Not Scared of Being a Man

I would like to first clarify that I believe that men and women have equal right and opportunity. Mentally I find them both at the same level when it comes to capability for comprehension and learning. I however believe in certain differences that make one superior to the other in some situations. However, that is something many people are afraid to think and even more to say so.

I am so glad that I married a woman that knows a lot more than me in many subjects, she is way more talented than I am in science, and can even give me a run for my money in many others. Intelligence is defined in Webster’s dictionary as “the ability to learn or understand, or to deal with new or trying situations.” She is also a very intelligent woman, and does not feel like she is less than me when she takes care of me by cooking a meal or having my clothes ready. She has a way higher earning potential than I do with her Biology degree, and could be telling me that she does not need to do any of these housewife duties. But instead she is proud of being able to do them for me. She enjoys it and does not feel less; in fact she is very against the idea that a career woman is more successful in life than a housewife.

Having her by my side has enabled me to not be scared of being a man. I take charge in many situations and she does not mind. She lets me wear the pants in the house because she knows that every step I take is to make our lives better. In turn I value her opinion and will many times take her word on some subjects even over my own. We come to agreements using true compromise and deal with most things with laughter. She has no problem making me feel like a man, and I in return give her the respect every lady deserves.

Since women started joining the workforce the dynamics in a household began to change. Now man is expected to share chores that they were not only not trained to do but even made to look as demeaning or “women” jobs. While I think those tasks should never be looked at that way, like the whole “boys don’t cry” mantra many people grew up with those ideas. I believe that chores in a household where both people work, should be separated by a list where both people get to pick. like picking kids at school… and that last chore gets to be a compromise. I do not believe that all responsibilities should be divided along gender lines but more about what the couple like. I personally don’t mind laundry, vacuuming or cooking but hate picking up after myself and dusting. I don’t think performing tasks around the house makes me less of a man but it was something that society and the way I grew up told me differently.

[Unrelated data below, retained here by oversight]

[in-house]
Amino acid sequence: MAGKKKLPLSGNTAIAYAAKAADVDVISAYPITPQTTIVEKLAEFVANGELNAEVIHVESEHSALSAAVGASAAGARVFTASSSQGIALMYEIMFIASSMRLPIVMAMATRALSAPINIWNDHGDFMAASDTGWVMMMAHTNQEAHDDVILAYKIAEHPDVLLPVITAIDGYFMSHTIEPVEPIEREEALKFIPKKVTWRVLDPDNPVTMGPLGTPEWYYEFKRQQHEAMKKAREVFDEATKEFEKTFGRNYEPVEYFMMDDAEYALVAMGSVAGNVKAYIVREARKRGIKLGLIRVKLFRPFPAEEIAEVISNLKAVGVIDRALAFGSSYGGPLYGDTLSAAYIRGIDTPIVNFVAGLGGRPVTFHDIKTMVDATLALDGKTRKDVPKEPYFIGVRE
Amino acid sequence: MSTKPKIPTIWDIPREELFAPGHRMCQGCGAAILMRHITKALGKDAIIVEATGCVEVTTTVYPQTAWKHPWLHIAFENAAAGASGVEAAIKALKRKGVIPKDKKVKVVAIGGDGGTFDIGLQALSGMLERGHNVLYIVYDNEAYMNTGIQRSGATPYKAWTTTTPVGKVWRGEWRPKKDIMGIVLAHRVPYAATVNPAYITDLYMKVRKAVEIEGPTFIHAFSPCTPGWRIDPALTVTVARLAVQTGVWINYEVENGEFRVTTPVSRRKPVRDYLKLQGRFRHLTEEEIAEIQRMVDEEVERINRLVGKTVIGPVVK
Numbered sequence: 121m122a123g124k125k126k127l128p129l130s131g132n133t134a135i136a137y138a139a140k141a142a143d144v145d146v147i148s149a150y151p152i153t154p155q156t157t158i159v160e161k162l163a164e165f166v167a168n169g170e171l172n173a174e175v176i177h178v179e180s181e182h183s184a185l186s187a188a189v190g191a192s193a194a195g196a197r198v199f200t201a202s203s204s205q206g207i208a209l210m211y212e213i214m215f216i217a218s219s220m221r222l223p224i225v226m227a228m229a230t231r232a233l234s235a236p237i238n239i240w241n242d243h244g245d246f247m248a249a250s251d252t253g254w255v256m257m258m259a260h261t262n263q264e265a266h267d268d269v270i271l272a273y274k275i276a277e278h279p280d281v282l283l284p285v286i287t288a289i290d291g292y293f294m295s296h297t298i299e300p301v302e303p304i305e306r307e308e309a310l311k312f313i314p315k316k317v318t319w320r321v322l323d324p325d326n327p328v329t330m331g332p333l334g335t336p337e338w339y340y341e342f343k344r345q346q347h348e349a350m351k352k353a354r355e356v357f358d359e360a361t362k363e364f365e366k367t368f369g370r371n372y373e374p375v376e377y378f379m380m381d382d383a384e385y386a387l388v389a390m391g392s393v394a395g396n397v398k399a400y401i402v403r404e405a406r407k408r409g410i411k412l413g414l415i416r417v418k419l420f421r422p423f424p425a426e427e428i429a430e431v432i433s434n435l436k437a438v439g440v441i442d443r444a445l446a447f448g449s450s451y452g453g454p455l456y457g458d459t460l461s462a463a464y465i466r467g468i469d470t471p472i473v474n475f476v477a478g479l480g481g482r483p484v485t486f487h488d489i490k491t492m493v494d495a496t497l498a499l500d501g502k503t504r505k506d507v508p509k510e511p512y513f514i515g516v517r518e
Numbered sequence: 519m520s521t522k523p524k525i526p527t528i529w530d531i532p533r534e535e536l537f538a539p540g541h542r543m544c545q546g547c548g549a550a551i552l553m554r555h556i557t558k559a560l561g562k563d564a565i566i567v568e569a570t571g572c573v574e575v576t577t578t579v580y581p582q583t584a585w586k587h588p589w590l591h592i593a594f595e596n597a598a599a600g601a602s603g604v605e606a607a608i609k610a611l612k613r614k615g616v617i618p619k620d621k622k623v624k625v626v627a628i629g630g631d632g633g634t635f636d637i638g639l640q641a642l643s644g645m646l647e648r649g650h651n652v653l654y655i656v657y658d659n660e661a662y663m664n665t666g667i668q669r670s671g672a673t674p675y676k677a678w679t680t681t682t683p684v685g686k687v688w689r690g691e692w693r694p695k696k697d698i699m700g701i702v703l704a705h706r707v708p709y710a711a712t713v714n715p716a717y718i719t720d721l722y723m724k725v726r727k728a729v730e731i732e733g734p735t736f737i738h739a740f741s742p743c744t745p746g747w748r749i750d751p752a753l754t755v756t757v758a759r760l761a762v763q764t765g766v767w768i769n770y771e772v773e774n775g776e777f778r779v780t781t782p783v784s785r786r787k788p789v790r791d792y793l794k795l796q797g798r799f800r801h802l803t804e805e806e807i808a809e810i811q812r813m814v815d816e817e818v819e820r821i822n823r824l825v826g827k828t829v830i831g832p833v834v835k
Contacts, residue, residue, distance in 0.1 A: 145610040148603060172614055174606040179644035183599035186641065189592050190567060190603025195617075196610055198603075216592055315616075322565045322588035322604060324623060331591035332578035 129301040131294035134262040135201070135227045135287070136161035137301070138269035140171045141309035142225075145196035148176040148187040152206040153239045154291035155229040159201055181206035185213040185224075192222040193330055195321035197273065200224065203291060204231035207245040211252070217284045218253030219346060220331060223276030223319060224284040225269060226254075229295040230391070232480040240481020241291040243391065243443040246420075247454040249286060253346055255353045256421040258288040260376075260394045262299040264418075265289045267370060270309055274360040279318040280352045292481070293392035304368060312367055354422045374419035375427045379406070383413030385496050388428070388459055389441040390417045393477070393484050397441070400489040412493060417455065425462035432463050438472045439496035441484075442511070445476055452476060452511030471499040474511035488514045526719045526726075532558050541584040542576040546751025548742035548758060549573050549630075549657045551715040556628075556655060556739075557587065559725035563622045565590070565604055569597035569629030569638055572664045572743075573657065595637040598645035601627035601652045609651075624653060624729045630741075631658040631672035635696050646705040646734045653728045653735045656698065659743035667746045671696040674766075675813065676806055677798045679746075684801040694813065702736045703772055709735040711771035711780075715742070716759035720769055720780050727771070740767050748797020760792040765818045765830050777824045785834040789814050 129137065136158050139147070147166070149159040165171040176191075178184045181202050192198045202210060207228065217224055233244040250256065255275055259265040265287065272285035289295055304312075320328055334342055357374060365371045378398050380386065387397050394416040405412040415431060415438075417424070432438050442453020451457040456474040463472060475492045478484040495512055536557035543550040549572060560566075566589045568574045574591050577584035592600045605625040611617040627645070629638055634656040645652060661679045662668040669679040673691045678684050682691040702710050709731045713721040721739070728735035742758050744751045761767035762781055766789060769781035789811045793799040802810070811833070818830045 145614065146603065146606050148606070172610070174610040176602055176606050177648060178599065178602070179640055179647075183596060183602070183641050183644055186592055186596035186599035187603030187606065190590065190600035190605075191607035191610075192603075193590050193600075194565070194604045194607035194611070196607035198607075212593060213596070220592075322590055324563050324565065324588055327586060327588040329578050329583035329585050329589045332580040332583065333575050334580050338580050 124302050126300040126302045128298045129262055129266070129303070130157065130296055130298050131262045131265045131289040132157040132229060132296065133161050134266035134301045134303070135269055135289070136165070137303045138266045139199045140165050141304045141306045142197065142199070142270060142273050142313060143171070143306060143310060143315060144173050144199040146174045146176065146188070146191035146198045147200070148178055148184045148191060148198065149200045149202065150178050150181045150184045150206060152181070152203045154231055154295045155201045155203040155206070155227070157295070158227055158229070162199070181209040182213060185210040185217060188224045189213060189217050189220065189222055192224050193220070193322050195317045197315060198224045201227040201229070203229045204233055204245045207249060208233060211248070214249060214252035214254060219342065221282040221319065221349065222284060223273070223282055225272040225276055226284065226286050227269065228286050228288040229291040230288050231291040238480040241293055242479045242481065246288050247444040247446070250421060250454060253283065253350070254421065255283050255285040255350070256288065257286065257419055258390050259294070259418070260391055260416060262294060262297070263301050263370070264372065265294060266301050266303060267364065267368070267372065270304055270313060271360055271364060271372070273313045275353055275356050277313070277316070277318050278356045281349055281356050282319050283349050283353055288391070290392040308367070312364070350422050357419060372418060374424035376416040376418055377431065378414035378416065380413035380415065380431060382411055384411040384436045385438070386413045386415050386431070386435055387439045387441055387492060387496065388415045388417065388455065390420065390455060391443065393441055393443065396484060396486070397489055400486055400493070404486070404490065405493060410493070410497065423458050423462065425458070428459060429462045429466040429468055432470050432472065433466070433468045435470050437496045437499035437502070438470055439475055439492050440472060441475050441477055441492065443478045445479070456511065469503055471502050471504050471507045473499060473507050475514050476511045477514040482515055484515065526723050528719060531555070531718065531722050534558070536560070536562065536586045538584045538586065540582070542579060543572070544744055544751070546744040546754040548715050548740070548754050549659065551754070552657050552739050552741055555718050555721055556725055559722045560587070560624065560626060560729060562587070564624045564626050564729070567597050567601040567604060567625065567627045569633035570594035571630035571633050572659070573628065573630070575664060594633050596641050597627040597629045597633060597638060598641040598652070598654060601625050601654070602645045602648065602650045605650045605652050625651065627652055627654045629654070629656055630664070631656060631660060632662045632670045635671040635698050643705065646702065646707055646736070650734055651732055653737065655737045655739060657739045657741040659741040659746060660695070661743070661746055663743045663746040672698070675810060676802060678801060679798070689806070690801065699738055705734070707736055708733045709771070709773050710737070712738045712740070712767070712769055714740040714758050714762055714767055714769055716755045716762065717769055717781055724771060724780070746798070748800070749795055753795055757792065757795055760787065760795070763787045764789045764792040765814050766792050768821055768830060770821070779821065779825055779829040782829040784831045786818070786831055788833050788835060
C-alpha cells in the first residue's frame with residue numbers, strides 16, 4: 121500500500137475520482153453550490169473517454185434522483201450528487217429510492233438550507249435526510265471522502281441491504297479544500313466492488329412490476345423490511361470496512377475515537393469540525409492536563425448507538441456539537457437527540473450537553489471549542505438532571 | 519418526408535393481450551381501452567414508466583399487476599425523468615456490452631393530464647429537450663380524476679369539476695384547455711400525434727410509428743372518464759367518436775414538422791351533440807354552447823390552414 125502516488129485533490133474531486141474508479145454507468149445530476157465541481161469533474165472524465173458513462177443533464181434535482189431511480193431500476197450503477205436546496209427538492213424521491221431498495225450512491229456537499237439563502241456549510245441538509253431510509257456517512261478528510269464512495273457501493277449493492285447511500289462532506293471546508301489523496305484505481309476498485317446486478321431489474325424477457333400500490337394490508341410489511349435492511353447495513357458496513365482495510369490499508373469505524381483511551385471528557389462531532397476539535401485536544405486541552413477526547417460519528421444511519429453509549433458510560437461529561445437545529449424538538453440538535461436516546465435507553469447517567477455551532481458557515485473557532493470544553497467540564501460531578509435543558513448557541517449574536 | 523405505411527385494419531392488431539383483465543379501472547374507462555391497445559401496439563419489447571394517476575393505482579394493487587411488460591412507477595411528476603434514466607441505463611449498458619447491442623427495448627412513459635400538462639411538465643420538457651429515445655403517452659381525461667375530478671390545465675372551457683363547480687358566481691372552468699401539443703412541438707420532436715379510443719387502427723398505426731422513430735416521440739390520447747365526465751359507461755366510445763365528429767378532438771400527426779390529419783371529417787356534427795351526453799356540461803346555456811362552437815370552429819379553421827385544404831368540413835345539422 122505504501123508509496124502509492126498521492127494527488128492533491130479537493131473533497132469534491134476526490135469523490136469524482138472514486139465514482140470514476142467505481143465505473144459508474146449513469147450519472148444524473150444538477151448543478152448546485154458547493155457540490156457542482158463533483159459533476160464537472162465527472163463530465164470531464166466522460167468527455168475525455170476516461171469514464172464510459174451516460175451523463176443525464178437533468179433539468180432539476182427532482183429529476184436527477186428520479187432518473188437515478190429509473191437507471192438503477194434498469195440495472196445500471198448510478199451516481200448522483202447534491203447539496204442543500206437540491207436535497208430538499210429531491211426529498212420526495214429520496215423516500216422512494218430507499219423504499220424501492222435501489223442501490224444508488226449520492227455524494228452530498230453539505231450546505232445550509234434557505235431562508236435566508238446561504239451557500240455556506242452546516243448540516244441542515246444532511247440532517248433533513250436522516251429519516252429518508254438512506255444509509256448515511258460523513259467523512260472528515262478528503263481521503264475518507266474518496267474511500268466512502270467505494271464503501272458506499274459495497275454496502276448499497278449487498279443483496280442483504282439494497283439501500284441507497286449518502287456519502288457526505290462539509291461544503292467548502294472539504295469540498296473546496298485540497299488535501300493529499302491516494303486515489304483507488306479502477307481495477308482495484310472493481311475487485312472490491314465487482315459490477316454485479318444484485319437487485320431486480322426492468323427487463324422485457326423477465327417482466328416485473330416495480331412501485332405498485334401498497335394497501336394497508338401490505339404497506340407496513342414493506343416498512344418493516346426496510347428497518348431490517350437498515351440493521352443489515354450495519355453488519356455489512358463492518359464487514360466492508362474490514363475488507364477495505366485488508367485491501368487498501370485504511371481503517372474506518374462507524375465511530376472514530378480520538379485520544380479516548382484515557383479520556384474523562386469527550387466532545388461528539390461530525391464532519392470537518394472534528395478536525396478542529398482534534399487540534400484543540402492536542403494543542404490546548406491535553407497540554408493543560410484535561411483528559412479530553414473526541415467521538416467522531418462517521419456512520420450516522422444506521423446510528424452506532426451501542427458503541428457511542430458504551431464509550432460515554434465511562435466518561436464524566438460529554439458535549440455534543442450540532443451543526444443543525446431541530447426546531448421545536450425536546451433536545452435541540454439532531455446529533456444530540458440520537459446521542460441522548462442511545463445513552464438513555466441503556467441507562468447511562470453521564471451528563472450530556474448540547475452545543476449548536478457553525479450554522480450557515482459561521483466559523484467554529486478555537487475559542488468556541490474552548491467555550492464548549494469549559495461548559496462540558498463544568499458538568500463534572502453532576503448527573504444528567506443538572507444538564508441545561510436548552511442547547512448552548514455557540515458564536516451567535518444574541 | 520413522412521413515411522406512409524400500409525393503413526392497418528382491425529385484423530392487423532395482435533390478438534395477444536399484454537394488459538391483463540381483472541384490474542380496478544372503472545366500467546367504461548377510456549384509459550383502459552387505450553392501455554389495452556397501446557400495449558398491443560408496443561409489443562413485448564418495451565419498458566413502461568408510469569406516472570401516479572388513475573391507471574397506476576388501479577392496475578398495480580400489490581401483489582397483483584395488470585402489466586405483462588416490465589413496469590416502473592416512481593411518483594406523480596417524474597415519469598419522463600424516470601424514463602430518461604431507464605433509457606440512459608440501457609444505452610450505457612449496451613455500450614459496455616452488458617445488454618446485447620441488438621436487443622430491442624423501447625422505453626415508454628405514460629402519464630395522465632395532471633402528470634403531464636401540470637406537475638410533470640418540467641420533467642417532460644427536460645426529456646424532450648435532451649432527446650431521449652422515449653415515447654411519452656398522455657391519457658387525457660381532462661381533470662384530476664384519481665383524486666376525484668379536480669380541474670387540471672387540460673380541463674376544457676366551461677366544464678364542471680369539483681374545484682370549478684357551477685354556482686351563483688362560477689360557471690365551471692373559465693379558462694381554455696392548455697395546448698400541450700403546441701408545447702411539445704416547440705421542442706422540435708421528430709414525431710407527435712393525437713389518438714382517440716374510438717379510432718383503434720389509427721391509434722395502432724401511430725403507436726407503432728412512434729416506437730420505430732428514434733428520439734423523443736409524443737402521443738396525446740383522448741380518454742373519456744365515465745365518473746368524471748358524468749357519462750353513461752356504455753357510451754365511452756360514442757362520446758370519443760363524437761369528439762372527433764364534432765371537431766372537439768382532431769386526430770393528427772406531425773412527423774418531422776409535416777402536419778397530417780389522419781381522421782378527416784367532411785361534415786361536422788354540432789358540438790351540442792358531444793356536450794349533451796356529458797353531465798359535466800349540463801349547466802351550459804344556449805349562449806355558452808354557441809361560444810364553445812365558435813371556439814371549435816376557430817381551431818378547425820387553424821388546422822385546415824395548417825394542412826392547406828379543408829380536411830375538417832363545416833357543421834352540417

Sexually it is also very frowned upon to be masculine. Man end up becoming pigs when they have to limit their talks about sex to a group of guys talking about the opposite sex like a piece of meat. Men do not discuss any issues besides politics with any seriousness because we are thought that you just don’t bring that kind of stuff up. Sex is as taboo of a subject as how long you take in the bathroom. I am not saying that I want to discuss details with my friends, but it would be nice if society allowed for open conversation. The couple of times that I had a friend bring up the subject of sex in his relationship was almost like we were doing something illegal even though he needed to vent. Many men deal with sexual rejection from their partners and vice-versa; the difference is that women can talk to their girlfriends about the issue but men are left to deal with the situation by turning to the wrong outlet for their sexual frustration. When masturbation becomes something you hide in shame but do to relieve tension it can truly affect your overall sexual life.